#AIDS2020VIRTUAL: Community involvement key to addressing disparities after 40-years of HIV pandemic
“Communities are important – as some of great ideas might not generally come from the top, but they can come from the bottom,” says Gregorio Millett of the American Foundation for Aids Research.
Social determinants of health, unforeseen events and racism continue to drive disparities in the fight again HIV, despite being into forty years into the pandemic’s spread. Speaking during the virtual 23rd International AIDS conference, Gregorio Millett of American Foundation for Aids Research (amfAR), said more community involvement is needed to fight the HIV/Aids disparities.
“We need to listen to communities as I am afraid that now, some of these communities are being left behind. Communities are important – as some of great ideas might not generally come from the top, but they can come from the bottom. We need to ensure that communities are involved in all that we do. We can overcome some of these disparities by reducing health disparities and centering the marginalised communities by ensuring that they are involved in all we do,” explained Millett.
According to the Joint United Nations Programme on HIV/AIDS (UNAIDS), despite being forty years into the HIV/AIDS pandemic, it remains the leading cause of death in women of reproductive age. In 2018, South Africa had over 7 700 000 people who are living with HIV.
Millett noted that poverty and unemployment continue to widen disparities in communities across the world.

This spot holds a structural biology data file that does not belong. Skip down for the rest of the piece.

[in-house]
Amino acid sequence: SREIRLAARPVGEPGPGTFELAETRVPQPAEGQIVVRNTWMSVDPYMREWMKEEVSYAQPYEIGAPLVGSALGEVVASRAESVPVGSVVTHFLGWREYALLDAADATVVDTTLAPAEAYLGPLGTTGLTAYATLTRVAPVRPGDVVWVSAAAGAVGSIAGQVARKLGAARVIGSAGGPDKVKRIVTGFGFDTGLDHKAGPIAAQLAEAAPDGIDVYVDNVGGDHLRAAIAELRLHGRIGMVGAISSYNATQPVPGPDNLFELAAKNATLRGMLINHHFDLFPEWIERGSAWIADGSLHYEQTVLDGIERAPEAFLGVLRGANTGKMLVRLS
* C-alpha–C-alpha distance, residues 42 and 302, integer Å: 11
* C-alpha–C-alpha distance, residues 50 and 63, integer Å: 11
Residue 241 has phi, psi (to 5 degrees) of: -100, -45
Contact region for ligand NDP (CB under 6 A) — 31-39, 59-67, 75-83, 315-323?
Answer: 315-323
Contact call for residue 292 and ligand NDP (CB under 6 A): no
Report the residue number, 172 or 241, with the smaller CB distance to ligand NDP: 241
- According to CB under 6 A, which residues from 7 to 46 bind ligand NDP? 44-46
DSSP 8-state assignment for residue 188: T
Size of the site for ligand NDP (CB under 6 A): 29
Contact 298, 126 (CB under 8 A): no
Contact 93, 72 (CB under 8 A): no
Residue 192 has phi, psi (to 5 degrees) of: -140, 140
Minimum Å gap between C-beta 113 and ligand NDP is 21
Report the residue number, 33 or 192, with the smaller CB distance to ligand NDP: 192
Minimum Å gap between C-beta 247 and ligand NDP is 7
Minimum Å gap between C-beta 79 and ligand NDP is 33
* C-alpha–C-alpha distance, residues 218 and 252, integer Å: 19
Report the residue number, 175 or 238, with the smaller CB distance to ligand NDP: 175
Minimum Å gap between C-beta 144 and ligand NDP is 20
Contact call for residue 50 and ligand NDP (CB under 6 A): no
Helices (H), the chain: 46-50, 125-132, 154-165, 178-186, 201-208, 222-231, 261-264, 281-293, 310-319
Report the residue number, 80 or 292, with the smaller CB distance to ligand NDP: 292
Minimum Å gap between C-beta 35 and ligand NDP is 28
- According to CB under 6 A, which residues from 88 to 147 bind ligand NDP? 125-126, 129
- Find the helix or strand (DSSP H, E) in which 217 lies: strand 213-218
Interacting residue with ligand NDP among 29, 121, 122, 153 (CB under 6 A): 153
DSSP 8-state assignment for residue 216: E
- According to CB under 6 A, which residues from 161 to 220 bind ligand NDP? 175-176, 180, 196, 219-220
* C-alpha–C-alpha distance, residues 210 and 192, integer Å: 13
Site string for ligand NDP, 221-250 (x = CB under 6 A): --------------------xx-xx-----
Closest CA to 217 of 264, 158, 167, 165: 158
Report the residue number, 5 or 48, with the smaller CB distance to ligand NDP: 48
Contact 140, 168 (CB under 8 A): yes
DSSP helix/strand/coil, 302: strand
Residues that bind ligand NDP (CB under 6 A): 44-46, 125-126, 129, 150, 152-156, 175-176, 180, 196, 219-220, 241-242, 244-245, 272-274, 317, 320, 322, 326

“Mortality incident rate-ratios between black and white people have increased since availability of ART (antiretroviral therapy), with reasons being less access to healthcare in racial minority communities. And despite increasing rates of PrEP usage, disparities remain.”
Millett explained this further, saying that in North America, “disparities continue to fuel HIV among African Americans, which derails the fight against the pandemic.”
“Unforeseen events such as Covid-19 also have negative impact on the HIV pandemic. The homeless population is more likely to have viral load which is generally higher as this population is highly associated with poor health. While black gay men are more likely to have low income compared to white gay men.”
Vaccine search is ‘essential’
Professor at the University of Cape Town, Linda-Gail Bekker says more work still needs to be done in terms of fighting the HIV pandemic.
“So much work needs to be done as we are still far from reaching our target goals in fight against the pandemic,” says Bekker.
Anthony Fauci, from the National Institute of Allergy and Infectious Diseases, says that there is still a need to reduce stigma and discrimination which is associated with HIV.
“We must have a scientific plan and we have to reduce stigma and discrimination through community programmers. The search for a vaccine is essential in ending the pandemic as the goal is to have one injection per year.” – Health-e News.